Origins of Religious Language in Gubernatorial Speeches Public Deposited

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  • March 22, 2019
  • Moore, Monica Leigh
    • Affiliation: College of Arts and Sciences, Department of Political Science
  • Elected officials have to make decisions about how they wish to communicate with their constituencies. Assuming that these public officials are motivated by reelection, it becomes important for them to use their times of communication with their constituents to develop a sense of trust and relatability that will help to carry them through their next election. In this paper, I argue that religion is one level on which public officials attempt to appear relatable to their citizens in order to gain their trust. I use a sample of governors' State of the State speeches from 2004-2011 from which I gather data on how much religious language each speech contains. I also collected data on the percent of each state's population that would be classified as highly religious. After controlling for other possible intervening factors, I find support for the argument that governors do respond to the size of their state's religious population by using more religious rhetoric in their public speeches.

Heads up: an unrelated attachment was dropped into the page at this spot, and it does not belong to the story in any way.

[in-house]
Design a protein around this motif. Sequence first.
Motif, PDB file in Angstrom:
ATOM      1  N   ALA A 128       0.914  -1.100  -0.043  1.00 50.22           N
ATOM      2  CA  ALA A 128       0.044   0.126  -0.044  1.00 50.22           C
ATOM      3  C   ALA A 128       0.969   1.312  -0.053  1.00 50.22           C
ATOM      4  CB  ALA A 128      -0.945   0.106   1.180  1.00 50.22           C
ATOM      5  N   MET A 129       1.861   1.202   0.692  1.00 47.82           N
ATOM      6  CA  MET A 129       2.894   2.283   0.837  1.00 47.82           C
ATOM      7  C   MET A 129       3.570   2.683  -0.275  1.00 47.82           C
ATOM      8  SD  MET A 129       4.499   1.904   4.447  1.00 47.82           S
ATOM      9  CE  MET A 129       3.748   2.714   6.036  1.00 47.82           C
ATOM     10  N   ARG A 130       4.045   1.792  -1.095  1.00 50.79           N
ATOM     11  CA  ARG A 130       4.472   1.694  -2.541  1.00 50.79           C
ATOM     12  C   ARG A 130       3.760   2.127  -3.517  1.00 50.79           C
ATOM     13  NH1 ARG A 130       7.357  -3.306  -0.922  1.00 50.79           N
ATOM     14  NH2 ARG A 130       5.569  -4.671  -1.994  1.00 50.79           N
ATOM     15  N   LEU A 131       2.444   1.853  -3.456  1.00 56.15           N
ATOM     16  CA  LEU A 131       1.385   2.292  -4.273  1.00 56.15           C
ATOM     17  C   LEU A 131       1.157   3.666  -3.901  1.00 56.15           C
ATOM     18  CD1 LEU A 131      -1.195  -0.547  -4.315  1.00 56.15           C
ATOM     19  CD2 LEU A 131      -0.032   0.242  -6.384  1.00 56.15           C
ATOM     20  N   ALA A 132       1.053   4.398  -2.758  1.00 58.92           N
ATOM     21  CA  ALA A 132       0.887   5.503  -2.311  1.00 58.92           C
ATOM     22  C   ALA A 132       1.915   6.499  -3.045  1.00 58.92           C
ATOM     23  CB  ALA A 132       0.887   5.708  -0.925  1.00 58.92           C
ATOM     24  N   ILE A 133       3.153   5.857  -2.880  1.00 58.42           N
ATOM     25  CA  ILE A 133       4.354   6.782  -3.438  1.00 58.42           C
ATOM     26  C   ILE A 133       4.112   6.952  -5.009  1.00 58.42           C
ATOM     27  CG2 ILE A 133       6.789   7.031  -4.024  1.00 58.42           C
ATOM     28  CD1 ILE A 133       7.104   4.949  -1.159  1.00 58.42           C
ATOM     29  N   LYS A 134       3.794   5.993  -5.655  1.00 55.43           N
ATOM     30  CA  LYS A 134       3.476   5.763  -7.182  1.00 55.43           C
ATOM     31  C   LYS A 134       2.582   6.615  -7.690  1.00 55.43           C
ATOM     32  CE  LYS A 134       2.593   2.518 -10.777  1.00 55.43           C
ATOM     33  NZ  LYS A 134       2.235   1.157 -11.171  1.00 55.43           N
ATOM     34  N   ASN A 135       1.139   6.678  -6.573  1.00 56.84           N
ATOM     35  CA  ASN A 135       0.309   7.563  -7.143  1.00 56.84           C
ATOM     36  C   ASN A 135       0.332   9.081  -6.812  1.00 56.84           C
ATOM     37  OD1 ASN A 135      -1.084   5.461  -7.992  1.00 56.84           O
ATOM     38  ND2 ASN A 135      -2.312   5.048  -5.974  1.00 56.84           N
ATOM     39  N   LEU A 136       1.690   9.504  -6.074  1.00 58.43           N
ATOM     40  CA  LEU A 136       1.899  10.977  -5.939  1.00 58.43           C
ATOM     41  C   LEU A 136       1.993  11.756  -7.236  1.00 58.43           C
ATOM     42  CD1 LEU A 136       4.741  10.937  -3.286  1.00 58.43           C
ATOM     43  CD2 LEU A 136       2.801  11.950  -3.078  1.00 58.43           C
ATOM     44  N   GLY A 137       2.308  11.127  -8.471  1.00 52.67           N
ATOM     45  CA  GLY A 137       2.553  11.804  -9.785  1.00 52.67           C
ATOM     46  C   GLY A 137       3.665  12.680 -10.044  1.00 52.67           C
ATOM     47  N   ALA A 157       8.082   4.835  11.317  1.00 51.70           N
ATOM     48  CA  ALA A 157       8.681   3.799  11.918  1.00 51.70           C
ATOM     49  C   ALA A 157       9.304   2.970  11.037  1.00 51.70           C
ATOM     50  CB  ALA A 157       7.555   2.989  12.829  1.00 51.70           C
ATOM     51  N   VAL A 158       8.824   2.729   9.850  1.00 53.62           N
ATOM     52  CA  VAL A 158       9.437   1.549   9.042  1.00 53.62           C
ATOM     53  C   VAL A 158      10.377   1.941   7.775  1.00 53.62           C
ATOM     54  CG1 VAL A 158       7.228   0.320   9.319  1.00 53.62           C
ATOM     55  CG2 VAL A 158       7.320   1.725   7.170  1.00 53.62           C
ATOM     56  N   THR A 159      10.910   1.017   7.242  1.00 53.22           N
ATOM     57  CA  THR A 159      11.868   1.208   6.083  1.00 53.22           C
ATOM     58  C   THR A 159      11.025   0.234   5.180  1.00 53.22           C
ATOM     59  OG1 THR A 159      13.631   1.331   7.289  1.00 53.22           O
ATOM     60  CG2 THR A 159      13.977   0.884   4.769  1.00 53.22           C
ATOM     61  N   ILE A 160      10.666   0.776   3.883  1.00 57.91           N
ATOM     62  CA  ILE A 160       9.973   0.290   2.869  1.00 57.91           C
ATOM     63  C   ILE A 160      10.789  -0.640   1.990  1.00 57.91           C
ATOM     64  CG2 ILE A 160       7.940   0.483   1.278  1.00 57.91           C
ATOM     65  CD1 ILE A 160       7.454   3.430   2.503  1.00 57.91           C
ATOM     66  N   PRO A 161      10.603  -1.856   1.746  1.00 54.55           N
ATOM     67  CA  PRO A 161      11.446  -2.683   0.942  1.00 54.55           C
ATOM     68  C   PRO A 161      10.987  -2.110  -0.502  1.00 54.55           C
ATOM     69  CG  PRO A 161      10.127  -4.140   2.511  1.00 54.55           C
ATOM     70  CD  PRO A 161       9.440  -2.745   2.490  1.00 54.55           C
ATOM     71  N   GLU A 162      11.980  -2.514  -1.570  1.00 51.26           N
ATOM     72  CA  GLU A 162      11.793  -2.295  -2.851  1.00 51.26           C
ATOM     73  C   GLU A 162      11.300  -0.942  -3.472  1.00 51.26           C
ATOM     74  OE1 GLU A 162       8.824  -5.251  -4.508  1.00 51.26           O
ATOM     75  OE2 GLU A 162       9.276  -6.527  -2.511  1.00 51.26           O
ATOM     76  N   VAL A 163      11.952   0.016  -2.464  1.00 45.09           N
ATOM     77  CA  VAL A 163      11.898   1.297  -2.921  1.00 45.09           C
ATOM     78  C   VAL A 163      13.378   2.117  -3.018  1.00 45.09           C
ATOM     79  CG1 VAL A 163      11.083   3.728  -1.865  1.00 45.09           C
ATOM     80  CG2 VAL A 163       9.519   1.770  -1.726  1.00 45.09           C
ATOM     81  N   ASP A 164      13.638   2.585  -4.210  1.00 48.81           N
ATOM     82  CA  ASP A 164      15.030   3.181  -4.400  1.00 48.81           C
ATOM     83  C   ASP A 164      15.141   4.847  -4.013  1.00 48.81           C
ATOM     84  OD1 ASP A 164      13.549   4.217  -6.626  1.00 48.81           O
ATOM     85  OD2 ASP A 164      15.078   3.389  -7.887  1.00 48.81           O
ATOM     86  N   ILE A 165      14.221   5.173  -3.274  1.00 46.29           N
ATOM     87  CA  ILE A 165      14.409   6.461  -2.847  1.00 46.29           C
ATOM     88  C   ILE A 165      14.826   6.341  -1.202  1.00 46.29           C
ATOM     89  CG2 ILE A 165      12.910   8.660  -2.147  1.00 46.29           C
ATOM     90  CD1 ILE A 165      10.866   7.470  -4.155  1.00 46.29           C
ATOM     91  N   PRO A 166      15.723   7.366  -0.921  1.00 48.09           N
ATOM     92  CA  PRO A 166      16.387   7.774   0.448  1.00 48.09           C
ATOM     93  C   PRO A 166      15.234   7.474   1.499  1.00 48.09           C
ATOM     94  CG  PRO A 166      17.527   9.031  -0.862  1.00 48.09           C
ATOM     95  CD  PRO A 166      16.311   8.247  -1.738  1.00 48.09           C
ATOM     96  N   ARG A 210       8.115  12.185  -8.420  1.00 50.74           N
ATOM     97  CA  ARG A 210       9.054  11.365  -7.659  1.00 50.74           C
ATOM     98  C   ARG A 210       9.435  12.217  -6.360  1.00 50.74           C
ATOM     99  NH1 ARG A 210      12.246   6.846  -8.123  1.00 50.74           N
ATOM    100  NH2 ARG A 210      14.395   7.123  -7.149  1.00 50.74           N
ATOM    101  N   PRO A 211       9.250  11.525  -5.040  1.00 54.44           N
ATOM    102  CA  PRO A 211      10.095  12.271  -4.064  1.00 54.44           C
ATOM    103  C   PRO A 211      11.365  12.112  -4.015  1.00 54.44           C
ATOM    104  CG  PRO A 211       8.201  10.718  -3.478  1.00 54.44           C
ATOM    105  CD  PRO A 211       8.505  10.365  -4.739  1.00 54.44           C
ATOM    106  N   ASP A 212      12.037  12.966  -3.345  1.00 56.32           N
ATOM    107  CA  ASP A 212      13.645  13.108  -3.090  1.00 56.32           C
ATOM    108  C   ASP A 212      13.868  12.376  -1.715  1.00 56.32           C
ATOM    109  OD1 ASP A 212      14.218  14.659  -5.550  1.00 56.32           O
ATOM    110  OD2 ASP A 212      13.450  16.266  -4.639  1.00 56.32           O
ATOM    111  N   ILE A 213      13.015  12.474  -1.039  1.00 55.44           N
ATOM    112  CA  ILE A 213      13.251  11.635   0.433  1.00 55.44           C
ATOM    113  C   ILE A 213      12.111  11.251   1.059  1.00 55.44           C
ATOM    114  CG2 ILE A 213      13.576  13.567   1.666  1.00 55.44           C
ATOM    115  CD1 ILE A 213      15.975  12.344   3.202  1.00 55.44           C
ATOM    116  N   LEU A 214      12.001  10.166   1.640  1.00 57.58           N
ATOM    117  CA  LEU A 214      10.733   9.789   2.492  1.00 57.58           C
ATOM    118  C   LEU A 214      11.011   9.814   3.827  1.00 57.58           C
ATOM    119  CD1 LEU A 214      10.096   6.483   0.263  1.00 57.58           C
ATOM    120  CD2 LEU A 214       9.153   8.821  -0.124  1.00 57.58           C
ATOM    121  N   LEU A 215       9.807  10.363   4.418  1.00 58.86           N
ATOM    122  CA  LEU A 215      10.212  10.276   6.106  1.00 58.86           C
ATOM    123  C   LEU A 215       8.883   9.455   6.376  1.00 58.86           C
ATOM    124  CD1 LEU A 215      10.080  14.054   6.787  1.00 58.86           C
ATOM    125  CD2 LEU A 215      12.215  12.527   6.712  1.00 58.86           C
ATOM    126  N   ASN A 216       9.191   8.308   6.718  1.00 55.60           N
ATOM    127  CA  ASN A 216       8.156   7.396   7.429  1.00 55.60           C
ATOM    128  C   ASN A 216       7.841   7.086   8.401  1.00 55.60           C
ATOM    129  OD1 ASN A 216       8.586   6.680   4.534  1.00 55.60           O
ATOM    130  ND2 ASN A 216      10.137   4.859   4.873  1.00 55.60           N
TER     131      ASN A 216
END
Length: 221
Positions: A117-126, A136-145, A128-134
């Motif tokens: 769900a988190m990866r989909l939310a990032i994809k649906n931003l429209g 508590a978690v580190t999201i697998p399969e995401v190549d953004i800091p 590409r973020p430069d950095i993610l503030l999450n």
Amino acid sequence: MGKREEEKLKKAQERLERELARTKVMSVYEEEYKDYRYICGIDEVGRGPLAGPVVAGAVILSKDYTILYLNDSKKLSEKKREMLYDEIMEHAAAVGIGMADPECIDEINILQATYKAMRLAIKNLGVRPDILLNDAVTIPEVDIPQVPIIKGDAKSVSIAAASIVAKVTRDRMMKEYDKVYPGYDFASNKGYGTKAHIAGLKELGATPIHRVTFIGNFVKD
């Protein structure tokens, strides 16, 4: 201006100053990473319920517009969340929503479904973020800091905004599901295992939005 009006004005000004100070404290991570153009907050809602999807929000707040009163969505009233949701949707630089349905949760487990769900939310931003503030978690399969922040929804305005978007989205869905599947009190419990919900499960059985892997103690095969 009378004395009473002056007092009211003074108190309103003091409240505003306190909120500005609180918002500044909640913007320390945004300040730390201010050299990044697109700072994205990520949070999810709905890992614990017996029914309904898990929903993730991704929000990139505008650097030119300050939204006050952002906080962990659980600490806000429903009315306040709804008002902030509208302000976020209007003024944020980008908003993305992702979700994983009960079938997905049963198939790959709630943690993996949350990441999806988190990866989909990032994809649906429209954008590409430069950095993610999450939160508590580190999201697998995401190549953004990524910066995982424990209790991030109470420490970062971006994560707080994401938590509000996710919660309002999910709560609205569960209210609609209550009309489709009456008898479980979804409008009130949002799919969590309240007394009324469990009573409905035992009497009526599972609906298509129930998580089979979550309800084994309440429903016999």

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  • In Copyright
  • Carsey, Thomas M.
  • Master of Arts
Graduation year
  • 2012

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